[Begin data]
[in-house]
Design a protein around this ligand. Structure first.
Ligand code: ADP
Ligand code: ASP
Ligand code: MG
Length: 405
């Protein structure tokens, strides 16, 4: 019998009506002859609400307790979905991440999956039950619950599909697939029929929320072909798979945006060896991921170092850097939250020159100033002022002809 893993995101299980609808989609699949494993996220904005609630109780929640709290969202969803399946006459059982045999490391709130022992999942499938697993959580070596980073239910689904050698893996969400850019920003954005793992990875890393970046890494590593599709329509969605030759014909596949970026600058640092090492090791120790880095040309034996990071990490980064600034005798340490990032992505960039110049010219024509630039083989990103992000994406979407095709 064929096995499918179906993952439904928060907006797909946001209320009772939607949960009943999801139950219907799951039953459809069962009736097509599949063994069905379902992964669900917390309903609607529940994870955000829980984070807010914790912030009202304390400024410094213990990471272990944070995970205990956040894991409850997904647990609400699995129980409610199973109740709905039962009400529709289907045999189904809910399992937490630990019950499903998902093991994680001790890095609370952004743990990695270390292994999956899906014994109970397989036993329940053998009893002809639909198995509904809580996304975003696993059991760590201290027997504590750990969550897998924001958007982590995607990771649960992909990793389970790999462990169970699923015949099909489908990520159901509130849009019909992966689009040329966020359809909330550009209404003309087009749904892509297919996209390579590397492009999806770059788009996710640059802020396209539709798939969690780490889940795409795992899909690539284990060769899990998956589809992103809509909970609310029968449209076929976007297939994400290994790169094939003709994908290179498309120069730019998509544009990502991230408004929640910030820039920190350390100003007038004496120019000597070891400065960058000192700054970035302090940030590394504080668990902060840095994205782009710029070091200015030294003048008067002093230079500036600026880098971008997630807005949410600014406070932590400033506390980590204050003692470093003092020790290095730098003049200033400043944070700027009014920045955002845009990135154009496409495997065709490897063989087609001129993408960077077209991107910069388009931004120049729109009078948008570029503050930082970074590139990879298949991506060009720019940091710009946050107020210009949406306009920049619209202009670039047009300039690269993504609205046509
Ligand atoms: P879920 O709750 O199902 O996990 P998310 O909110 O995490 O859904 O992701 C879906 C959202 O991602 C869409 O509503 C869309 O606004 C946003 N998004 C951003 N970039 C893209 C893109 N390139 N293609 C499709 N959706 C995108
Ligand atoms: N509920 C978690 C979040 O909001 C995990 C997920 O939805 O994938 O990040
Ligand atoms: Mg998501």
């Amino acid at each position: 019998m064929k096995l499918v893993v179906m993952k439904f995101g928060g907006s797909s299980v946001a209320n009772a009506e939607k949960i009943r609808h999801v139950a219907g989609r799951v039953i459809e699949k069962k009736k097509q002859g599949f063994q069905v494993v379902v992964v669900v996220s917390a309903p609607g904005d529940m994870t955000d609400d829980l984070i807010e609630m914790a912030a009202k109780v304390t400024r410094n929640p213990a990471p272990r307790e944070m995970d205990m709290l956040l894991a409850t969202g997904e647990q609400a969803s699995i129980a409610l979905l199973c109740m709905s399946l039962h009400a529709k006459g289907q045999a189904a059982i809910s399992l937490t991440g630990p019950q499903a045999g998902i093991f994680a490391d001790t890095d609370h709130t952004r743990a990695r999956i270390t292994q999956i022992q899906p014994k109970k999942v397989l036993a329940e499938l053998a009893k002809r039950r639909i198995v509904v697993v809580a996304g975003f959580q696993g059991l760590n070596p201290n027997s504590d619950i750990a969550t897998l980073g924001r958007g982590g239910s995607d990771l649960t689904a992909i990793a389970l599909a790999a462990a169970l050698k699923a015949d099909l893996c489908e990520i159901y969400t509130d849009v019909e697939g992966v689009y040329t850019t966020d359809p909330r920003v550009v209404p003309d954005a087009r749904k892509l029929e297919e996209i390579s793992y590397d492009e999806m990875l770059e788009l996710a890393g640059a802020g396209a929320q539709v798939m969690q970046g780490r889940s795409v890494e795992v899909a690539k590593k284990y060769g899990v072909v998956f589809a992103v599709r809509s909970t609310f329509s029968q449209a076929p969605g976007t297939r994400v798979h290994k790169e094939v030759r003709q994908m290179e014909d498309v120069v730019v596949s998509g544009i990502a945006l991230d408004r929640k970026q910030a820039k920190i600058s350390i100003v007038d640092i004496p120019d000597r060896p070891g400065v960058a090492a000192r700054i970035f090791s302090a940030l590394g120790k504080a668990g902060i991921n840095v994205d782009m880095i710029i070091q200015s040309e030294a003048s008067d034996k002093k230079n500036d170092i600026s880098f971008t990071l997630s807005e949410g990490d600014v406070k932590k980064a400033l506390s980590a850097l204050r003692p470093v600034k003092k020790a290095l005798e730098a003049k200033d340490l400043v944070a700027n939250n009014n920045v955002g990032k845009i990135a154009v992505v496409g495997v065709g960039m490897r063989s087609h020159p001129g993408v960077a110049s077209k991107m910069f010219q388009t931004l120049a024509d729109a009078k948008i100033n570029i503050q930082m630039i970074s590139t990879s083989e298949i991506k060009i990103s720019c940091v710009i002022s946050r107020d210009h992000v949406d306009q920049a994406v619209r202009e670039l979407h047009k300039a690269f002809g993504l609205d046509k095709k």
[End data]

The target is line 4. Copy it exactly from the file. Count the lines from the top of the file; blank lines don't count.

Ligand code: ASP